Connecticut: The Republicans’ opportunity to win this one appeared to vanish when damaged Sen. Chris Dodd (D) agreed to retire. Attorney General Dick Blumenthal, long the bridesmaid, was set to become the bride in November over either wrestling executive Linda McMahon (the GOP nomination favorite) or ex-Congressman Rob Simmons. Then came Tuesday’s devastating New York Times revelation that Blumenthal had claimed to be a Vietnam veteran when he had, in fact, sought multiple deferments to keep from going (though he did serve in the Marine Reserves without a Vietnam tour of duty). The contest is now in turmoil and cannot be reliably rated. Democrats appear to be sticking with Blumenthal, but no one knows if the broader public will be equally forgiving or if additional “resume enhancements” will come to light. A secondary question arises: Will Vietnam veteran and medal-winner Rob Simmons generate new traction over Linda McMahon on the GOP side? We believe the contest could still settle into the Democratic column, but at the moment, it is just a confusing TOSS UP.
Delaware: It will be an embarrassment to the White House and Vice President Joe Biden if Biden’s old seat goes Republican, but even in deep-Blue Delaware, that seems probable. Congressman Mike Castle (R) is leading by a wide margin in the polls and ought to defeat little-known local official Chris Coons (D). LEANS REPUBLICAN PICK-UP
Florida: No doubt about it, here’s one of the headline contests for November. In a bold and brilliant (or foolish) move—depending on who is analyzing this—Gov. Charlie Crist left the Republican Party to run for Senate as an Independent. Despite his various rationalizations, it was all about personal survival. Crist had already made the worst political move of the year by giving up a secure second term in the statehouse for the Senate bid. Conservative former House Speaker Marco Rubio was on track to defeat the moderate Crist overwhelmingly for the GOP nomination, capitalizing on party anger at Crist for allegedly “cozying up” to President Obama. Democratic Rep. Kendrick Meek hopes he’ll benefit in running against “two Republicans” in a contest that requires only a third of the vote to win, but so far the polls show Meek running a poor third. Crist and Rubio each lead in some polls, but both are stuck in the 30s. This is a volatile, unpredictable war. Can Crist get enough money and organization to be fully competitive? Can Rubio find a way to attract enough centrists to add to his solid GOP base? If a Republican wave is reasonably high by November, Rubio should be able to win. For now, TOSS UP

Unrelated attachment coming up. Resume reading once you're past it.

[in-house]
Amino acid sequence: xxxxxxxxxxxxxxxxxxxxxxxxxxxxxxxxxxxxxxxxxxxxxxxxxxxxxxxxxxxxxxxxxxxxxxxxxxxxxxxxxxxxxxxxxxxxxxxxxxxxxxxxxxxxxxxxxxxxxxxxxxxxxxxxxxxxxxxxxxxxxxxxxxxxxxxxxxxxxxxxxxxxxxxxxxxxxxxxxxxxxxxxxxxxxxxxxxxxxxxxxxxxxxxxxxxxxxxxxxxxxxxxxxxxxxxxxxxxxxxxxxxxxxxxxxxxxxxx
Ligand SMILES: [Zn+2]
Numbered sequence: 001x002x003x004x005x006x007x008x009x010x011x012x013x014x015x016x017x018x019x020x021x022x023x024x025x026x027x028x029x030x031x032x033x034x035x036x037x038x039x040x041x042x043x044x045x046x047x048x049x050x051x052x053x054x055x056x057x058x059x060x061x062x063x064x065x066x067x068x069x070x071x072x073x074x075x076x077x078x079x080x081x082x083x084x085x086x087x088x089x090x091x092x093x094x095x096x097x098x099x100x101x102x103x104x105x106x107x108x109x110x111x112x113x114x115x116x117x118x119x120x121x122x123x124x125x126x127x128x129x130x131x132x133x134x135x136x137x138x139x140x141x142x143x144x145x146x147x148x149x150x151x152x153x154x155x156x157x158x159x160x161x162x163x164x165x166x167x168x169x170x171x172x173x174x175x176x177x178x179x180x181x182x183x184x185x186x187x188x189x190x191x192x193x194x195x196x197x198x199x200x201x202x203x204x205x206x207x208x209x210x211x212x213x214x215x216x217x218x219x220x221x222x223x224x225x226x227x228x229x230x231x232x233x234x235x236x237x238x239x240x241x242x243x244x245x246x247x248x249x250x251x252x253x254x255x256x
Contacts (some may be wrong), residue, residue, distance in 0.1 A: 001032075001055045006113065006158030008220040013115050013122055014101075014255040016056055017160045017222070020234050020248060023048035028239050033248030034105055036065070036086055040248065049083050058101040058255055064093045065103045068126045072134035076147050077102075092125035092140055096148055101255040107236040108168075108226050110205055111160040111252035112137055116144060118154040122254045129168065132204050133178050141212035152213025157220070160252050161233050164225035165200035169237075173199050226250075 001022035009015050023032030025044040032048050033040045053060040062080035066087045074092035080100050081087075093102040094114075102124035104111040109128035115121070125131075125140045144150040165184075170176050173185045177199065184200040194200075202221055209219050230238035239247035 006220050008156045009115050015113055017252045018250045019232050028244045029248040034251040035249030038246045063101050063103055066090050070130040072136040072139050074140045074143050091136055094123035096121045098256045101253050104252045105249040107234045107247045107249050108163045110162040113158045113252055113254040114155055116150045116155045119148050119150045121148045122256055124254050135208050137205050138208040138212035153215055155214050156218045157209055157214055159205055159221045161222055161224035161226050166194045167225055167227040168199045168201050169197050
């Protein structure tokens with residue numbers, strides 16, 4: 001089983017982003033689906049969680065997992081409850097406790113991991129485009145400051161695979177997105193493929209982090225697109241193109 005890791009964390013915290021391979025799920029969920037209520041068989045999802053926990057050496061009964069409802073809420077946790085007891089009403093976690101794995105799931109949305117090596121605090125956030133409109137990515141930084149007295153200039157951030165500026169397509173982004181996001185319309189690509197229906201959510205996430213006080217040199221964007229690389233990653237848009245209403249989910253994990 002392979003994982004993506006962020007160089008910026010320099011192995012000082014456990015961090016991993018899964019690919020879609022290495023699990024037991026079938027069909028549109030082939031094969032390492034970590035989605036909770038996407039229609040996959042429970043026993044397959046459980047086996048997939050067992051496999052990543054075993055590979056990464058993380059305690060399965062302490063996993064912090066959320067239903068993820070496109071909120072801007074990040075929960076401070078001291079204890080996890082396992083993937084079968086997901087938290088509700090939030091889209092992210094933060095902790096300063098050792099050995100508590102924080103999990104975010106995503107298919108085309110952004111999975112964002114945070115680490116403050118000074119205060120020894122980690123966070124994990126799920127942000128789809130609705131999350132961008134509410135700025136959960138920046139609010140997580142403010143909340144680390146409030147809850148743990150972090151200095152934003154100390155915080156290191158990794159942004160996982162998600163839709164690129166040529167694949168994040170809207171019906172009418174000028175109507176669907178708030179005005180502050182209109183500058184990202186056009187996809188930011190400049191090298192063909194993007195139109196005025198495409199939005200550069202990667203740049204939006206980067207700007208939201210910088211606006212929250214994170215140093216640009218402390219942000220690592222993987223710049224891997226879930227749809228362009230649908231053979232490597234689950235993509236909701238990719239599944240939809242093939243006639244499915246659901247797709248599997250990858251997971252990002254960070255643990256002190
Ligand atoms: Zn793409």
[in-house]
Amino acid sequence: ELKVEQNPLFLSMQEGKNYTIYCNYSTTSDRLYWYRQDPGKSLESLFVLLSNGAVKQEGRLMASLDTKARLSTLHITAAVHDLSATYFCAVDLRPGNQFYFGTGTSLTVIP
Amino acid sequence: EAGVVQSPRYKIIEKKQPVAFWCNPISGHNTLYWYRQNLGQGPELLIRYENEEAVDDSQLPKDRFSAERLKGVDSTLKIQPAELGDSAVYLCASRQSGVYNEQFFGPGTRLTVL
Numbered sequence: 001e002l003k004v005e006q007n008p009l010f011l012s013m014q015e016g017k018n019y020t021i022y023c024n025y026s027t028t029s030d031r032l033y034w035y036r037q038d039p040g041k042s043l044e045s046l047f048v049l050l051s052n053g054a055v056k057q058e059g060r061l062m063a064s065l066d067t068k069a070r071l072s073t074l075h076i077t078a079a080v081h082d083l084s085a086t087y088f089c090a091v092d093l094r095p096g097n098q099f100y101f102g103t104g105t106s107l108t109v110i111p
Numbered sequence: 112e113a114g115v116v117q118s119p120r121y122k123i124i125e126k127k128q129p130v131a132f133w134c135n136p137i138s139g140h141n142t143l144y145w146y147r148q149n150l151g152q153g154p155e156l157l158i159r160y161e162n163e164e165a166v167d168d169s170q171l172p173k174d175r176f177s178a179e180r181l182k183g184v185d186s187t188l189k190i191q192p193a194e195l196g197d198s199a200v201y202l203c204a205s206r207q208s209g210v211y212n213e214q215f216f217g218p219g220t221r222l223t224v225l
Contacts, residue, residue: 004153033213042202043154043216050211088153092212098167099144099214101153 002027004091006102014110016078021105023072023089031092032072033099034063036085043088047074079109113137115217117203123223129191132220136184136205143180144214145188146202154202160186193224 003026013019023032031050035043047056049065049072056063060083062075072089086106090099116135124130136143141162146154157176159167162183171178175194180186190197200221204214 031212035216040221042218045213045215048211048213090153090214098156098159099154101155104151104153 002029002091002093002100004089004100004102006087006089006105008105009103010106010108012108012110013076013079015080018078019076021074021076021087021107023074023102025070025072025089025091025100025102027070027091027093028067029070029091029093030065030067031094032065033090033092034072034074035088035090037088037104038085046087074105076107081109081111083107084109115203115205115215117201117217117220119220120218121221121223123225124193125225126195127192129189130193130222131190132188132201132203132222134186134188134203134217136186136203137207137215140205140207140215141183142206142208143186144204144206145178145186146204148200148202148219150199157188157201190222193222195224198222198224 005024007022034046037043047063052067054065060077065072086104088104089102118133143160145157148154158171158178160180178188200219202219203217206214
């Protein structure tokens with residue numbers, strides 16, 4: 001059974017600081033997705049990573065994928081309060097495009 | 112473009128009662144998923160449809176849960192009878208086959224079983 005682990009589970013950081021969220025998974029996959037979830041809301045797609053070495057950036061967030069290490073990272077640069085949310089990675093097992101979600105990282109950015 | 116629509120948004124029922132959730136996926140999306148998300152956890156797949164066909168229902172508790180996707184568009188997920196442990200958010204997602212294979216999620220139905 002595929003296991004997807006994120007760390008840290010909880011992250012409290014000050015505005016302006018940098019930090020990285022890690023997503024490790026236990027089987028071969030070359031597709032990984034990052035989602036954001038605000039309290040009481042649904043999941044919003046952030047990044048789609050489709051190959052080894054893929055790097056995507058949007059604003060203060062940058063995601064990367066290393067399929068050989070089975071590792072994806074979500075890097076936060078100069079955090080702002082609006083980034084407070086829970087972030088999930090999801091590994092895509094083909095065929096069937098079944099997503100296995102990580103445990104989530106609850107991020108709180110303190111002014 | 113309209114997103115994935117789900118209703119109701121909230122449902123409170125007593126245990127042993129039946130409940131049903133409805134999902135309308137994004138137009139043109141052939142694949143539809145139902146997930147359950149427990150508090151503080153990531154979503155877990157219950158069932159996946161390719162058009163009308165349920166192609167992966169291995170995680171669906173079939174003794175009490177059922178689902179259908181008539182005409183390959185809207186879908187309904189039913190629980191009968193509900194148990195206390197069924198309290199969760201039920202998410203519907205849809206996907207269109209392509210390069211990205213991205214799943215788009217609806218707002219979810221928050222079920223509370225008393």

Illinois: Democrat Alexi Giannoulias has had a bad spring, and Republican Mark Kirk couldn’t be happier. Illinois is so Democratic and the Obama White House is so determined to keep the president’s former seat in Blue hands that you simply can’t rule Giannoulias out despite all the corruption charges swirling around his family’s bank. If the election were held today, the moderate-conservative Kirk would win, but by no means has Kirk put this away. If Democrats save any endangered seat, it could be this one. TOSS UP
Indiana: Former Sen. Dan Coats (R) had the worst roll-out of any Senate candidate this year. His lucrative lobbying career and his residency in Virginia and expressed desire to retire to North Carolina hobbled him, and despite being the choice of senior Republicans in both D.C. and Indiana, the bland Coats received an unimpressive 39% in the recent party primary. But now Coats has the good luck to be the GOP nominee in a Republican year in a conservative state. Democrats are mourning the decision of Sen. Evan Bayh to retire since Bayh would have been a shoo-in. However, Democrats have chosen the strongest possible party candidate in former sheriff and current Congressman Brad Ellsworth. It will be difficult but far from impossible for Ellsworth to pull this out, but he needs a lot of luck—good for him and bad for Coats. LEANS REPUBLICAN PICK-UP.